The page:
calculus problem
posted by roslin .
the thin lens equation in physics is 1/s+1/S=1/f where s is the object distance from the lens,S is the image distance from the lens,and f is the focal length of the lens.Suppose that a certain lens has a focal length of 6cm and that an object is moving toward the lens at the rate of 2cm/s .How fast is the image distance changing at the instant when the object is 10cm from the lens?Is the image moving away from the lens or towards the lens?

I like it in this form:
1/o + 1/i = 1/f for object, image, and focal length.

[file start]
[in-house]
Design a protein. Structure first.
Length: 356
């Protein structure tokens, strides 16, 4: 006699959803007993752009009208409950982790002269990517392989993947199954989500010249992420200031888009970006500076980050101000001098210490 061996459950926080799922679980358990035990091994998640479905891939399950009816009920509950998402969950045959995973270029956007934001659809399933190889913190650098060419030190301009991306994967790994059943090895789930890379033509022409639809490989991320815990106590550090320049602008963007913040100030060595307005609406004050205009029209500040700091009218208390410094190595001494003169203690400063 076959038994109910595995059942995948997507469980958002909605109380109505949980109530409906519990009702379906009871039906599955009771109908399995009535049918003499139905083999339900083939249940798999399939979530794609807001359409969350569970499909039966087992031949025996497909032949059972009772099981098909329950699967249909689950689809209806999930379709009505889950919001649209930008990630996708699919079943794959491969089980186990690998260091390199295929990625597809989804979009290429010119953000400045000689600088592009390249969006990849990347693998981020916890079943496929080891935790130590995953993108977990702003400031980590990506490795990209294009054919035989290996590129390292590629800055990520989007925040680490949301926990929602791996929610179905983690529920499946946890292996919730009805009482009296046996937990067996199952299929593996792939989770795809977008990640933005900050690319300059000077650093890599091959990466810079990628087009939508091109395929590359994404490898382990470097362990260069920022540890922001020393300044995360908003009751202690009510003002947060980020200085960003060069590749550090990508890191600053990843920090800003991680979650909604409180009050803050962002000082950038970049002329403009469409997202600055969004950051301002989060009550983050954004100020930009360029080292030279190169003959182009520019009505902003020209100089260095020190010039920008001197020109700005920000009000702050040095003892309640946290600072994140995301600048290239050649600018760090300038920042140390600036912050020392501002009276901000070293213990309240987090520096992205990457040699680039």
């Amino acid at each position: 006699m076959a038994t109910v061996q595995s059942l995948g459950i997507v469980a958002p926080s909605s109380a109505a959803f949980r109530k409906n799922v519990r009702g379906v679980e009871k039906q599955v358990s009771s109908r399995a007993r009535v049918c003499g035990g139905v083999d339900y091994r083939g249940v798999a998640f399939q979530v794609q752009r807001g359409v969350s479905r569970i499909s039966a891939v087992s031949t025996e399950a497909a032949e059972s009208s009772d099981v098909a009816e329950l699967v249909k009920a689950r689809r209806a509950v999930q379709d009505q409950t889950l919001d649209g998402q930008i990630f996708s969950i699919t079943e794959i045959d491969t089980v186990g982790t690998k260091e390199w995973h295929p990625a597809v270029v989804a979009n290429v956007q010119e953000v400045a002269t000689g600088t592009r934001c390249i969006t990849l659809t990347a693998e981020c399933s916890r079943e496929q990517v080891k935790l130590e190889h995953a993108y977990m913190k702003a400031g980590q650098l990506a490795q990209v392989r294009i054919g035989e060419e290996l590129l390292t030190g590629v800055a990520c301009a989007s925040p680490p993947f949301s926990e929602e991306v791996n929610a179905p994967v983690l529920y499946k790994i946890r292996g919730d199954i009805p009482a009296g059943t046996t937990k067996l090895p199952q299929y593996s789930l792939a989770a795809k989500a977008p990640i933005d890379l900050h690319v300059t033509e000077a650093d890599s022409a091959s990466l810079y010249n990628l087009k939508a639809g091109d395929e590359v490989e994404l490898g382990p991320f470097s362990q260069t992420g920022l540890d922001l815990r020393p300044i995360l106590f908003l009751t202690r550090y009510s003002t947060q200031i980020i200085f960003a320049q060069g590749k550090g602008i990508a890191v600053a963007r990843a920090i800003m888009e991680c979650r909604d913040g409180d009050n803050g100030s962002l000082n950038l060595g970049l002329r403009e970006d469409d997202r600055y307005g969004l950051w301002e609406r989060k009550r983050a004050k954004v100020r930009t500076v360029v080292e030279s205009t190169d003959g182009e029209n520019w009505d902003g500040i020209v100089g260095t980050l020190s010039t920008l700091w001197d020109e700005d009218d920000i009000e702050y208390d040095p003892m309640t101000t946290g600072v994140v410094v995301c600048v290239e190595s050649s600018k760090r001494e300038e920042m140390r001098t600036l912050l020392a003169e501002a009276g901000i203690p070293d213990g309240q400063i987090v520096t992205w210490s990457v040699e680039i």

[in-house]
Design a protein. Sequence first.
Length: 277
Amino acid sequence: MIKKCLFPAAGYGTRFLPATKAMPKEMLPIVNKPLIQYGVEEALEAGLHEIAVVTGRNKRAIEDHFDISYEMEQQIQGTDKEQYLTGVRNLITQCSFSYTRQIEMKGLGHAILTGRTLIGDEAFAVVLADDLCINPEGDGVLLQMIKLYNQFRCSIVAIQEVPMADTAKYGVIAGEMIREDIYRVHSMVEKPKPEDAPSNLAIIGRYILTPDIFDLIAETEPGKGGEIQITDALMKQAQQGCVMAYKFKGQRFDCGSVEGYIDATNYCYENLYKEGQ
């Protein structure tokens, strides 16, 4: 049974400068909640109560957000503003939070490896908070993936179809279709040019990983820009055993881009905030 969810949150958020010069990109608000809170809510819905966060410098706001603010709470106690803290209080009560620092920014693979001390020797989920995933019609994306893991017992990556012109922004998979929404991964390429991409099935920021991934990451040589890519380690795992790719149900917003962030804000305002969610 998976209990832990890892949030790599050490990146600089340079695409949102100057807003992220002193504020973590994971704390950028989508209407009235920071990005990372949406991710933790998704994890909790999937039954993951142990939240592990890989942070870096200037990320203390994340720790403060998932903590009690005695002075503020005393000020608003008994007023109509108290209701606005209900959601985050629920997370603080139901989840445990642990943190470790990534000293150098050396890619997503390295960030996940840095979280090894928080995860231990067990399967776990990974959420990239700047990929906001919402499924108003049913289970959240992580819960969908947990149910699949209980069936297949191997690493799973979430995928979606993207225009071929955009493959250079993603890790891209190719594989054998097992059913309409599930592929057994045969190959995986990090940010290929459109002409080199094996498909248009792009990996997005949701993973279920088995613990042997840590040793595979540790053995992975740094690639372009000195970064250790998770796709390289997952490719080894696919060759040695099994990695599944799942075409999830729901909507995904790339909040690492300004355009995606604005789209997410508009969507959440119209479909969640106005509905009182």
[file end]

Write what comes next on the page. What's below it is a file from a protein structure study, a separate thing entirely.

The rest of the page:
take the derivative:
do/dt* 1/o^2 di/dt 1/i^2= 0 (f is a constant0
do di/dt= (i/o)^2 do/dt
Can you take it from here? 
Suppose and object is traveling directly from the earth to moon. The mass of the earth is 5.9742 x10^24 kg, the mass of the moon is 7.349 x 10^22 kg, and the mean distance from the earth to the moon is 384,000km. For an object between the earth and the moon, how far from earth is the force of the object due to the moon greater than the force on the object due to earth?